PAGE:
CREJ - page 1

DECEMBER 16, 2015-JANUARY 5, 2016
by Jill Jamieson-Nichols
A large, high-quality flex
development in Denver’s
southeast industrial sub-
market sold for $27.75 mil-
lion, or $113.72 per square
MIG Real Estate pur-
chased Dry Creek Business
Park, a 244,028-sf property
at 7300-7348 S. Alton Way in
Centennial, from Greenfield
Partners. The park consists
of 15 buildings that are 93
percent leased to roughly 90
“We’ve been involved
with that project since 1999.
years, we
have been
by inves-
tors want-
ing to buy
that site,”
said Col-
liers Inter-
national principal T.J. Smith.
Smith said Colliers took
the property to market, but
already had received pre-
emptory offers. “We had
many offers, but MIG’s offer
was strong enough to go
right to contract with them,”
he said.
“It’s a unique property
in an A-plus location right
off I-25. I think it’s the pre-
mier incubator flex project
in southeast Denver.”
Located between Arapa-
hoe and Dry Creek roads,
Dry Creek Business Park
has frontage on Interstate
25. It caters to tenants from
562 to 10,193 sf, none of
which occupies more than
4 percent of the property.
Astrodyne International, an
aviation repair firm, is the
largest company in the park.
Historically, the park has
outperformed competitors
and continues to garner
increasing lease rates.
Smith handled the sale
with Colliers International’s
Brad Calbert and Matt Key-
Dry Creek Business Park
is MIG Real Estate’s second
recent acquisition in the
Denver area. It purchased
Iliff Business Park in Denver
last summer.
The company also owns
I-225 Plaza in Aurora, as
well as hospitality and mul-
tifamily properties.
Dry Creek Business Park is 93 percent leased to approximately 90 tenants.
by John Rebchook
In April 2014, California-
based TruAmerica made its
first apartment community
acquisition in Denver by
paying $55 million for the
564-unit Tamarac apartment
Recently, TruAmerica sold
the community on a 25.16-
acre site at 3300 S. Tamarac
Drive to another California
company, Gelt Inc., for $74
It also was Gelt’s first pur-
chase in Denver.
The sale price represented
a 34.5 percent increase in the
price that TruAmerica paid
less than two years ago.
Gelt, based in Los Ange-
les, paid $131,206 per unit,
while TruAmerica paid
$97,516 per unit for Tama-
rac, which was built in 1977.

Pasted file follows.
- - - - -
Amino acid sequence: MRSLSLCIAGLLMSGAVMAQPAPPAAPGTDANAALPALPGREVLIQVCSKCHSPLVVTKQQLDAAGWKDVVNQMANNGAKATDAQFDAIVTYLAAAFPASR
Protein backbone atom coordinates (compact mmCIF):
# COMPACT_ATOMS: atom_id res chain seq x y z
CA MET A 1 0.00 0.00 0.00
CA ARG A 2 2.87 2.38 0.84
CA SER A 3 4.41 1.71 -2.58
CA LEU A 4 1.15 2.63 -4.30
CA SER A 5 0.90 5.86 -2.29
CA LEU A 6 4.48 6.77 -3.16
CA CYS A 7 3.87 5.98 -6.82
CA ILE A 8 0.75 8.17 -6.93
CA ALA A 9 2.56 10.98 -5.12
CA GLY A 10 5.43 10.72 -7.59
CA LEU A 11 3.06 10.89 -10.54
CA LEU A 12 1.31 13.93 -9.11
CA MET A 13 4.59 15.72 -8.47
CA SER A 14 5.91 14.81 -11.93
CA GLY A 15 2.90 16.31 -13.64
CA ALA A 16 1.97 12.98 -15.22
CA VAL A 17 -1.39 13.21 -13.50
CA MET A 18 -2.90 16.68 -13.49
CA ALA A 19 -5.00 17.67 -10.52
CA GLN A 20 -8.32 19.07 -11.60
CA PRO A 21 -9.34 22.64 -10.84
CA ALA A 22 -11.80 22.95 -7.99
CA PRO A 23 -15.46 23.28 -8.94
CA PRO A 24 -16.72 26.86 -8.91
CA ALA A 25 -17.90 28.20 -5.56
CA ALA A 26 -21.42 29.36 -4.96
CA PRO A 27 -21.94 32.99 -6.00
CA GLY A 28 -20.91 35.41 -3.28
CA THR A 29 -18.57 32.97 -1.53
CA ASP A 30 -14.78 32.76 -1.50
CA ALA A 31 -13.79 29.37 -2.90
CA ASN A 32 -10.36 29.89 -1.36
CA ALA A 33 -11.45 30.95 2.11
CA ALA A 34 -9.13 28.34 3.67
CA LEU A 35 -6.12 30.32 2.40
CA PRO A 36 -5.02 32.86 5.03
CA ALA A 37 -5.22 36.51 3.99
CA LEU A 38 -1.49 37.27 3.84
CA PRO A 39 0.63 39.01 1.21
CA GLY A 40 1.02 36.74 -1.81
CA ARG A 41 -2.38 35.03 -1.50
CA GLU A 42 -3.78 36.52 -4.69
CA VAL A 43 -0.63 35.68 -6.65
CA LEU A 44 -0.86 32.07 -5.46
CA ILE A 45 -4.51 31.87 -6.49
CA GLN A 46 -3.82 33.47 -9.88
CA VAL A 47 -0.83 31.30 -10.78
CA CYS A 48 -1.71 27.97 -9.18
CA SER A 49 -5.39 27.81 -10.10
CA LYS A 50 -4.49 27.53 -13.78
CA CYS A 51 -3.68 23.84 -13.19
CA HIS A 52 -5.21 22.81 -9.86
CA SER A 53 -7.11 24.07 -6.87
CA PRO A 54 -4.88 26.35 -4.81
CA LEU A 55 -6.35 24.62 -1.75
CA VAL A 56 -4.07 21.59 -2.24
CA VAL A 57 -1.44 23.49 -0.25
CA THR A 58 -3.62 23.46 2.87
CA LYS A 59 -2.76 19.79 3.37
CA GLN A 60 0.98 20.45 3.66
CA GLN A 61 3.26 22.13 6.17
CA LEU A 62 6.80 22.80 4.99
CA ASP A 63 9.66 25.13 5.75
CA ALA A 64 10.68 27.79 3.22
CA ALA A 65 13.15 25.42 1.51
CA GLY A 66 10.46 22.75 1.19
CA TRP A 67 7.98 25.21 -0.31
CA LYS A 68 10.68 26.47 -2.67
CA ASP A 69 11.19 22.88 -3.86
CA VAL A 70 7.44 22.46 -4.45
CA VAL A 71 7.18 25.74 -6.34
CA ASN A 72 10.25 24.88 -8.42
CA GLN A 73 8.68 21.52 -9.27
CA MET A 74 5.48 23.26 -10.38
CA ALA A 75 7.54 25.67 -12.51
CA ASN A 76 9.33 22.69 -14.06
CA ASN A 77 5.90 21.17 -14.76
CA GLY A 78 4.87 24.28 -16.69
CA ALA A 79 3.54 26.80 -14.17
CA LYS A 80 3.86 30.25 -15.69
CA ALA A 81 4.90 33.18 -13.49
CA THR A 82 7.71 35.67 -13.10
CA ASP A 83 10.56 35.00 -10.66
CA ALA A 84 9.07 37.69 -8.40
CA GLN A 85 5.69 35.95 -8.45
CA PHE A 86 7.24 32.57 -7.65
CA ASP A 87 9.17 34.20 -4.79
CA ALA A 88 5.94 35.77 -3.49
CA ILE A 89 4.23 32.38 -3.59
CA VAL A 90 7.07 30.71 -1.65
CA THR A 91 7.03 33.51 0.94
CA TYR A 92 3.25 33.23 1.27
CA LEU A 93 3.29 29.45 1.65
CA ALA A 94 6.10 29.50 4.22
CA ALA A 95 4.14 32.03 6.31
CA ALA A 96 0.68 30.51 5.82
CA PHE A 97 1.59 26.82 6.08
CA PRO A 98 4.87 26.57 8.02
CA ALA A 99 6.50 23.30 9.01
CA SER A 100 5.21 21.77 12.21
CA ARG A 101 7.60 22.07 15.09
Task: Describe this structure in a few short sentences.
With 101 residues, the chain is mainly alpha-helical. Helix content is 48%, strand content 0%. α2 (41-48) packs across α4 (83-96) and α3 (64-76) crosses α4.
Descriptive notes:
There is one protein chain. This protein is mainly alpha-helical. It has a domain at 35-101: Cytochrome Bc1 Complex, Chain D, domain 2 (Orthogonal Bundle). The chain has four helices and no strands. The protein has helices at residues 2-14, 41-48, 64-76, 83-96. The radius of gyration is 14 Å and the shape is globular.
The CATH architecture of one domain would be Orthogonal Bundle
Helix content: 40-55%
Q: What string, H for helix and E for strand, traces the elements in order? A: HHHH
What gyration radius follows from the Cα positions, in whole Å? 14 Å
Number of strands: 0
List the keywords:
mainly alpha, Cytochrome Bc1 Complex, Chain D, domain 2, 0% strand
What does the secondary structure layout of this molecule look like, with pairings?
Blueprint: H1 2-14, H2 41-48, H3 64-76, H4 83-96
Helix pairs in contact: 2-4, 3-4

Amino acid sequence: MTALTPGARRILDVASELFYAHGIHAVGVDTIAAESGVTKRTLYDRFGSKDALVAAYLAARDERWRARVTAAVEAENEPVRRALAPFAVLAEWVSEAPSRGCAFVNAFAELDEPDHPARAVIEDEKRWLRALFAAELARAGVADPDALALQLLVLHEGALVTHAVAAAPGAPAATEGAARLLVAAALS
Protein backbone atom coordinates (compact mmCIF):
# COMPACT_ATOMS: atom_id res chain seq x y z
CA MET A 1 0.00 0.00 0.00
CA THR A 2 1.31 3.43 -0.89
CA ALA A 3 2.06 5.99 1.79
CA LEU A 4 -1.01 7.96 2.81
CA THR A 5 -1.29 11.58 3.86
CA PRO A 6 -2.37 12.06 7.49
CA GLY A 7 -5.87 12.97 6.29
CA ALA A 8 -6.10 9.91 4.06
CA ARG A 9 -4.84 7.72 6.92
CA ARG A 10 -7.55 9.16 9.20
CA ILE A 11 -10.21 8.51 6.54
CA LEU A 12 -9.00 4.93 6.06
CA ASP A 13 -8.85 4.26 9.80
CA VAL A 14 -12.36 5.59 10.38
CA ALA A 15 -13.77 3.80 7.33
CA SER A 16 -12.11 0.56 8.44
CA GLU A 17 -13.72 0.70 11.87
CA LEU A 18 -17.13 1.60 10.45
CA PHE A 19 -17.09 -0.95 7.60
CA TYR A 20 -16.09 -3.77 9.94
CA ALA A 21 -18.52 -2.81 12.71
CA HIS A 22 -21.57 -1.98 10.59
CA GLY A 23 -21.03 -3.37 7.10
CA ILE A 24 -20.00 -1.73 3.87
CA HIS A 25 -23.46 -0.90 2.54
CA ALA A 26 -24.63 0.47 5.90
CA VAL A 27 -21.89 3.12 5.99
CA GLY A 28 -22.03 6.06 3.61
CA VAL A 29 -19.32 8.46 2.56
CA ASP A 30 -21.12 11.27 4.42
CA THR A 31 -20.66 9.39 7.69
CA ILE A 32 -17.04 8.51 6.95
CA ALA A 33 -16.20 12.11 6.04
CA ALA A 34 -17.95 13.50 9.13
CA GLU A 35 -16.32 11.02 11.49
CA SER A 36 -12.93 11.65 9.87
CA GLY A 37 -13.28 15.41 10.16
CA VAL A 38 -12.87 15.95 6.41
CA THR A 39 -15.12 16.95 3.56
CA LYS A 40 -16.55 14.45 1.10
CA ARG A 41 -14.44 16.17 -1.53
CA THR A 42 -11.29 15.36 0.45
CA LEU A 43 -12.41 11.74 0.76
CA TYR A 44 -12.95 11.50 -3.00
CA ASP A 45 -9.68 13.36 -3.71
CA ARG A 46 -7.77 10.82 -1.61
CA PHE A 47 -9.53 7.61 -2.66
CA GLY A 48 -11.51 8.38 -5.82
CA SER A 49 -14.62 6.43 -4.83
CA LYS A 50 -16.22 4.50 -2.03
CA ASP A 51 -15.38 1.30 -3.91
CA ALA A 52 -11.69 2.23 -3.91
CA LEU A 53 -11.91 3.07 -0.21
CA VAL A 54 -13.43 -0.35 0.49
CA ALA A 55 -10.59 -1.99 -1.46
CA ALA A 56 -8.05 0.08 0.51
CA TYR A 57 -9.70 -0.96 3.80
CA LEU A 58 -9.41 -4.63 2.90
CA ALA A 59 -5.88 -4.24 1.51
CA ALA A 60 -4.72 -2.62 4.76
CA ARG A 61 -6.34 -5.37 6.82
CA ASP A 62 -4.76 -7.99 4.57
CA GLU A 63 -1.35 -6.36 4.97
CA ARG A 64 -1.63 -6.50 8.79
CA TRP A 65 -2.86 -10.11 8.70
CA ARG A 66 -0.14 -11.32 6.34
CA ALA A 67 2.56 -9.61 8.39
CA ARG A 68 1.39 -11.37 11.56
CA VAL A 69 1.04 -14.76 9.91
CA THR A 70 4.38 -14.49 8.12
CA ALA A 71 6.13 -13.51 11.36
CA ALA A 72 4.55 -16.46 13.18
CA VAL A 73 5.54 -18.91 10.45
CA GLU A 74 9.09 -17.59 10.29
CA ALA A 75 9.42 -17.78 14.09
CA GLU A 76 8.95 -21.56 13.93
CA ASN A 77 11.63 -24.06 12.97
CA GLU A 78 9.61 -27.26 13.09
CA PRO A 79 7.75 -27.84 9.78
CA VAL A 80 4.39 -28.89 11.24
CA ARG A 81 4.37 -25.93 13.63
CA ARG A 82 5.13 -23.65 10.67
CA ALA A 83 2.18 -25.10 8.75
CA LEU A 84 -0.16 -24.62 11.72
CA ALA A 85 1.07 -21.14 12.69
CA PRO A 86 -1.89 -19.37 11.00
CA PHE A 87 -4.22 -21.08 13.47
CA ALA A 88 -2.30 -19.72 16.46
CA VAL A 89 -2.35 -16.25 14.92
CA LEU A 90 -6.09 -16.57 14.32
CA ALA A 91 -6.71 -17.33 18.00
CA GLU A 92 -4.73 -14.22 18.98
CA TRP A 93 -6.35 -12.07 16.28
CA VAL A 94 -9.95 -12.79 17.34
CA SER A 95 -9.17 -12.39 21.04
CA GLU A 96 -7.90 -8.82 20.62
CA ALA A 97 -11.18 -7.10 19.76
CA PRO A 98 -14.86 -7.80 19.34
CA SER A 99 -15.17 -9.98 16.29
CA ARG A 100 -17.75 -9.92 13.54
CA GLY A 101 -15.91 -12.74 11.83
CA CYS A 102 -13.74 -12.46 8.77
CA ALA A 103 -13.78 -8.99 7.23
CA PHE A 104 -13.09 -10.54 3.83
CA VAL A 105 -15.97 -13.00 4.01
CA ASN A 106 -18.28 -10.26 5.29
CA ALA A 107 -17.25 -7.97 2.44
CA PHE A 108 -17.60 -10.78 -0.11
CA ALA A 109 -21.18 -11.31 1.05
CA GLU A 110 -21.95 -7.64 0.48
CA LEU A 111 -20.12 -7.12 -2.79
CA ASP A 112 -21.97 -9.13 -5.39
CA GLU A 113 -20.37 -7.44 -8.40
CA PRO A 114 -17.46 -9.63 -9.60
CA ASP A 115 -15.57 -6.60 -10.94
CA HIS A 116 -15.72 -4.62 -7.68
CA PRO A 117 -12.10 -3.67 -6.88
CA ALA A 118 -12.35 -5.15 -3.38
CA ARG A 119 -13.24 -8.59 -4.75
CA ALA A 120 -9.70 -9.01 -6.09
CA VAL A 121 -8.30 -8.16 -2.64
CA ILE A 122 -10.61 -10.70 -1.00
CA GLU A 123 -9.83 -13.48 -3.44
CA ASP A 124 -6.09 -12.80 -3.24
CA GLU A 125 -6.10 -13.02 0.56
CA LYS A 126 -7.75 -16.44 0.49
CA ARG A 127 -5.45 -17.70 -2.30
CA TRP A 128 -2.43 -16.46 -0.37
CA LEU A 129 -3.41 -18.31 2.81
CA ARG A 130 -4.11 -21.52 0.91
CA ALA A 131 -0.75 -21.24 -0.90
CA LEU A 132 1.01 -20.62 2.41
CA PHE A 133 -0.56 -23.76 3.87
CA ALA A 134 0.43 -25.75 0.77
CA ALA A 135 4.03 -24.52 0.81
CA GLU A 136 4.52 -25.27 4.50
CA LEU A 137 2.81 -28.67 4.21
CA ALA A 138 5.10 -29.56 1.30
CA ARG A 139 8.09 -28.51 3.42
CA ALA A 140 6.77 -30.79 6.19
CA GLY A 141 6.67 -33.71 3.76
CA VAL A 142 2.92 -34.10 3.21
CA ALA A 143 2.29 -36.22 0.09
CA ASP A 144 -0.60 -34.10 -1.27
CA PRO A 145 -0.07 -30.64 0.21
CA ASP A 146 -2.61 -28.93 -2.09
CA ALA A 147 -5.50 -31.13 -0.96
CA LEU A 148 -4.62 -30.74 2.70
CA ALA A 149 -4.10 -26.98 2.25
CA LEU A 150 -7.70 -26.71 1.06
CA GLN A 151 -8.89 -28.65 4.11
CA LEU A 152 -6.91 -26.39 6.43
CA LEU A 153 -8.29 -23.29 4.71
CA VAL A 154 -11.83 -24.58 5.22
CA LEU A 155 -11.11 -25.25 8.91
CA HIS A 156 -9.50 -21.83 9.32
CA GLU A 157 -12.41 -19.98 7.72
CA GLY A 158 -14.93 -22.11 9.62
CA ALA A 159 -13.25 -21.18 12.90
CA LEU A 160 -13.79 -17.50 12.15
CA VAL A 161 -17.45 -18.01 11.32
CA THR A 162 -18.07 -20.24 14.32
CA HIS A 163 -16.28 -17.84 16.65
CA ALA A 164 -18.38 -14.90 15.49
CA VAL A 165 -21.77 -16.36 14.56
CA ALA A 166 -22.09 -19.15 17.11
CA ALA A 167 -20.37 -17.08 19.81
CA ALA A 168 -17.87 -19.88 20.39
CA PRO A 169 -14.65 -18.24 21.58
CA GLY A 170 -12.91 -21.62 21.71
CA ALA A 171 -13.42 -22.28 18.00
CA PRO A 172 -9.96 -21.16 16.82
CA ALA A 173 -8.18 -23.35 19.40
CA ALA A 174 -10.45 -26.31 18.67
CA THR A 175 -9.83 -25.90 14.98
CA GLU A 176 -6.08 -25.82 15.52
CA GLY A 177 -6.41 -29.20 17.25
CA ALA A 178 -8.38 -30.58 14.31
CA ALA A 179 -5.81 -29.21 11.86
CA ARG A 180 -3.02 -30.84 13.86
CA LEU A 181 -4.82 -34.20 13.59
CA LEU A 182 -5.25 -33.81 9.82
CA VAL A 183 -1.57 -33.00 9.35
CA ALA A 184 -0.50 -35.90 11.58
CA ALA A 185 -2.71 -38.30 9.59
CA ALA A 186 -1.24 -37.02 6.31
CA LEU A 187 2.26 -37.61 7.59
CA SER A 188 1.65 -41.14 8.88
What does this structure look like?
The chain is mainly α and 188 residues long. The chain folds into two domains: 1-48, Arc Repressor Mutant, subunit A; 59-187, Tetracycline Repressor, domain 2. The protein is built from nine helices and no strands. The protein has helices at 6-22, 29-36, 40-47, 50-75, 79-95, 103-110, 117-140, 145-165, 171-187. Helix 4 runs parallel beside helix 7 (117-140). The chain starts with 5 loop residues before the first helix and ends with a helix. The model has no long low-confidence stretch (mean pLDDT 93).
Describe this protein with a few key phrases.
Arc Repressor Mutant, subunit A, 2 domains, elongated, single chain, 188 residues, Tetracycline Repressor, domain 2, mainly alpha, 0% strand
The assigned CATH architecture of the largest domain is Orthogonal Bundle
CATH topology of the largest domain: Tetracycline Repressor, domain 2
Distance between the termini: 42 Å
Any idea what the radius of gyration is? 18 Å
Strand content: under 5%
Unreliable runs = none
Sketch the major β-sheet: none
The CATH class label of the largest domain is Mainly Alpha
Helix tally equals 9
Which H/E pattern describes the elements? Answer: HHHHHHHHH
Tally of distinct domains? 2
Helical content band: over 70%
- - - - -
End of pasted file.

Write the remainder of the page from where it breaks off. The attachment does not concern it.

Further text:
“I think TruAmerica made
a good buy and I think it
was a good deal for Gelt,
too,” said Pamela Koster,
who listed the property with
fellow Moran & Co. broker
David Martin.
“We exit Tamarac after
meeting our five-year
investment objectives in just
18 months,” said TruAmeri-
ca President and CEO Rob-
ert E. Hart.
“It is a large, well-located
asset that still offers addi-
tional upside for an experi-
enced operator like Gelt,”
Hart added.
Gelt had been looking to
get a foothold in the Denver-
area market for the past two
“They had been aggres-
sively bidding for a number
of properties for the past
couple of years and they
finally had the winning bid
with Tamarac,” Koster said.
There was a lot of interest
from prospective buyers for
this value-add property, she
“I would say half of the
prospective buyers were
local investors and about
half were coming from out
of town,” Koster said.
“Interestingly, about four
of the guys, including Gelt,
had never been in Denver
before,” Koster said.
She said the sale is a good
microcosm of what is hap-
pening in the Denver-area
market on a number of lev-
“What this sale tells you is
that Denver is still a really
strong market,” Koster said.
“With interest rates still
low and you combine that
with our rent growth, Den-
ver remains one of the stron-
gest apartment markets in
the country,” Koster said.
She said many national
pundits who think the Den-
ver multifamily market is
becoming overbuilt don't
truly understand the local
“I was just putting a chart
together today, looking at
the last three years,” Koster
said in early December. “If
you look at the empirical
data, our market is not in
danger of overbuilding and
I see no slowdown as far
as investor interest in our
While much has been
made about all of the units
under construction or in the
pipeline, it is nothing new,
she said.
“For the last three years,
we have had 20,000 units in
some stage of planning each
year,” Koster said.
“Yet our vacancy rate is
still 4 percent and our net
rents are growing by double
digits,” she said.
“What that tells me is that
we need these units under
construction as well as the
older, workforce housing
like Tamarac,” Koster said.
Gelt recently paid $74 million for the Tamarac.
T.J. Smith
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